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Abstract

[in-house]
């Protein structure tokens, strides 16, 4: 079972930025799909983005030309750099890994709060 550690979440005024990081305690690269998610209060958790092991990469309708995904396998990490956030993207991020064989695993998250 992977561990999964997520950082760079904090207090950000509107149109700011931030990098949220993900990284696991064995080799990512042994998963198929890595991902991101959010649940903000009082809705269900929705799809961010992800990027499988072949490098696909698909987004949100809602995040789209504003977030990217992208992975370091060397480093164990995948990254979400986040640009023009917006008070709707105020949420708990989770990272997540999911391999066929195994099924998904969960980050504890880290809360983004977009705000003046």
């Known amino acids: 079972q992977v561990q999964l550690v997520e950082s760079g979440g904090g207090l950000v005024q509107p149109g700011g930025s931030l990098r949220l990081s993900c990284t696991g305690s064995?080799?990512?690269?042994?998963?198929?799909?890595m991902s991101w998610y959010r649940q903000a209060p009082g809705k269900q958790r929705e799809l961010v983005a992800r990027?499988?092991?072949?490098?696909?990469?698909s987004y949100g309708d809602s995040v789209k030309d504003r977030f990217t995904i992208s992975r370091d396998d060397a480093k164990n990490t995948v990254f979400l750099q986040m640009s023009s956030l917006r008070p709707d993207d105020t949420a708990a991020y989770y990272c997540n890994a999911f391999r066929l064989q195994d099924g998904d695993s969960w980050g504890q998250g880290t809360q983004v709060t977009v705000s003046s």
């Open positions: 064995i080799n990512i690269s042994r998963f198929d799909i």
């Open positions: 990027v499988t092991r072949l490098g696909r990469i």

Agricultural land in South Dakota has traditionally been valued for property tax purposes by the market approach. Since this valuation approach relies upon comparable sales data, property values imitate trends in the agricultural land market. Interest in changing the state's market valuation approach to an income valuation approach surfaced in the late 1970's and resurfaced in the late 1990's amidst rising land values, structural changes within agriculture, and employment shifts to other industries. Agricultural land valuation pilot studies gained public attention since South Dakota, in the absence of a state income tax, relies upon sales tax, at the state level, and property tax, at the local level, to provide necessary revenue for public services. The 2002 statewide study addressed whether or not agricultural lands could be valued according to an income capitalization approach without creating any valuation shifts from the present market approach. This paper examines two types of valuation shifts identified during the study: 1) external valuation shifts between agricultural landowners and nonagricultural property owners and 2) internal valuation shifts between crop landowners and range/pasture landowners.

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